Wednesday, July 29, 2015

Praveen Singh captures man-animal bonding in India's Wandering Lions.

Film-maker Praveen Singh of Discovery Channel took three years to capture on his camera, and on his notepad, this unique bond between humans and beasts.

Mail Today Bureau  New Delhi, July 6, 2015 | UPDATED 10:02 IST

Film-maker Praveen Singh of Discovery Channel has captured the incredible tolerance of the people to the big cats in a documentary India's Wandering Lions. The filmmaker took three years to capture on his camera, and on his notepad, this unique bond between humans and beasts. The programme will be aired on July 6 at 9 pm. When asked as to why he chose to document the Gir lion sanctuary, he told Mail Today: "We wanted to bring to audiences this incredible story of lions and people living together and incredibly, the lions seem to be thriving in this landscape - a mix of forest, scrub patches, fields and farms." He added, "The central theme of the programme shows how people and lions are living in close proximity with each other. For locals, lions are part of their lives and they are happy to have them around." Praveen's engagement with the lions and the people who co-exist with them gives a different spinoff than what many environmentalists argue. He said, "To most people if they see a wild animal living amongst people, they view it as conflict.
However, the lions seem to be doing fine and the people also accept the animals in their midst. The people are proud to have lions in their state and most know that the big cats are not going to attack unless provoked. Many farmers we spoke to said they don't mind the lions in their fields or mango orchards as that ensures deer and other herbivores cannot damage the crops." As regards conservation efforts, he said, "As per the latest census, there are 500 Asiatic lions in Gujarat, with quite a large number far from the Gir forests. The Asiatic lion population has shown a consistent increase over many years and the credit for this must go to the forest department, conservationists, biologists and locals who are tolerant to the presence of lions." He is not the only one. There are thousands who swear by the lion in the Saurashtra region, where the king has by now acquired a territory of 20,000 mind-boggling square km.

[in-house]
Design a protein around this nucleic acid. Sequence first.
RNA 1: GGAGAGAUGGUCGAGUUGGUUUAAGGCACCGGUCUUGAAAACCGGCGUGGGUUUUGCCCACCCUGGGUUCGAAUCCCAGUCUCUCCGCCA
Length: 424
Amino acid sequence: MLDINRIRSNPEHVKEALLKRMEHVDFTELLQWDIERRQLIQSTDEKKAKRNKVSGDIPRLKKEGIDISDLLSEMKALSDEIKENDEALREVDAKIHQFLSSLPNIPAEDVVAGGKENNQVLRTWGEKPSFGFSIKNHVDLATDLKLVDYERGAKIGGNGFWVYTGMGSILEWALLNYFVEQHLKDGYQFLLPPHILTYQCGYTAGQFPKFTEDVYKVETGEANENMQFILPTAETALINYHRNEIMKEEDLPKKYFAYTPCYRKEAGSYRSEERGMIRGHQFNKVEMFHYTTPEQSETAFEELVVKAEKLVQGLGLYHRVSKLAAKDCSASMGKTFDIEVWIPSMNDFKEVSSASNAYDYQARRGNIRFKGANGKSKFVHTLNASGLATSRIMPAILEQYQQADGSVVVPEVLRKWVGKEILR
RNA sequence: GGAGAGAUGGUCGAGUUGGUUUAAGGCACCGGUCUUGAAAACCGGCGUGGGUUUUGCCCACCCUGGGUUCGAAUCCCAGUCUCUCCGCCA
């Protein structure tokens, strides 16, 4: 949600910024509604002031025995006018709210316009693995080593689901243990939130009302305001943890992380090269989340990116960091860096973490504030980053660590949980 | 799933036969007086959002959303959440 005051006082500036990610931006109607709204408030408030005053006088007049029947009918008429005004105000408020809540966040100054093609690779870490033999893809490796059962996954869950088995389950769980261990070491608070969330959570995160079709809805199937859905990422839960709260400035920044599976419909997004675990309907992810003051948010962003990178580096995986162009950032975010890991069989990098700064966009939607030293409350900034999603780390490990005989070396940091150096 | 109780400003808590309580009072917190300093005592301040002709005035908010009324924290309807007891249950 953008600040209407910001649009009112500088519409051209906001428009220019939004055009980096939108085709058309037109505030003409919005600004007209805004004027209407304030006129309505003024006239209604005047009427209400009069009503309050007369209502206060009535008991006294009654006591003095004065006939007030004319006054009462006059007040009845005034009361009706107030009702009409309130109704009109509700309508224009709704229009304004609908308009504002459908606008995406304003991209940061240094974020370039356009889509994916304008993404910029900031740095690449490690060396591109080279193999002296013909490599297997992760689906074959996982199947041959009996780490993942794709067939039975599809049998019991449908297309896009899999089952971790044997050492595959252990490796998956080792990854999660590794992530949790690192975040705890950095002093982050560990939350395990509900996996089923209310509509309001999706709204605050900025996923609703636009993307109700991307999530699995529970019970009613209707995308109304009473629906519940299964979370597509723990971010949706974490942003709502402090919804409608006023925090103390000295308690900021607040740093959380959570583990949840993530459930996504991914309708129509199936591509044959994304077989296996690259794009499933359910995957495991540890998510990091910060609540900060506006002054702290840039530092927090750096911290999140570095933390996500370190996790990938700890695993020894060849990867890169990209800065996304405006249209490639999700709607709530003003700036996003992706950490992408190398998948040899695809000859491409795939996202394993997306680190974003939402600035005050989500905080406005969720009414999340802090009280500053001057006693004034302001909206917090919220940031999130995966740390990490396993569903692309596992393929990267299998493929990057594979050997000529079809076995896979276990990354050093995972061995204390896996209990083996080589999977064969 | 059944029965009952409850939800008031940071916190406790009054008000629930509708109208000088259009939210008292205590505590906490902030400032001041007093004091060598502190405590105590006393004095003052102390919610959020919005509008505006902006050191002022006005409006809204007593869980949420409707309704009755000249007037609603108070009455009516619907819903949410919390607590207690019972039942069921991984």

This reporter learnt it while riding pillion on a motorcycle driven by a sturdy forest guard trundling through the dusty Gir forests. It could be a bonebreaking ride for many but a daily grind for Ghulam Mehmood. On the return journey with the only light beaming from his twowheeler, Ghulam suddenly stood up on his mobike foot rest that disbalanced the vehicle to scream, "Dekho sir, sher, dekhiye dekhiye." A pride of lions with seven members was crossing the road. For someone who hasn't seen the lion beyond the confines of a zoo, it was the experience of a lifetime. But what caught one's eyes was Ghulam's excitement on seeing something he sees almost every day. There was a sudden swagger in his body that shook the bike and would have thrown his pillion rider to the ground had he not held on strongly. Ghulam's passion is not as much for his daily job that gives him a few hundred rupees but his unflinching love for the wild cat. But he dislikes the wild cat expression. For him, it is sher, the king of his region and his life.

No comments: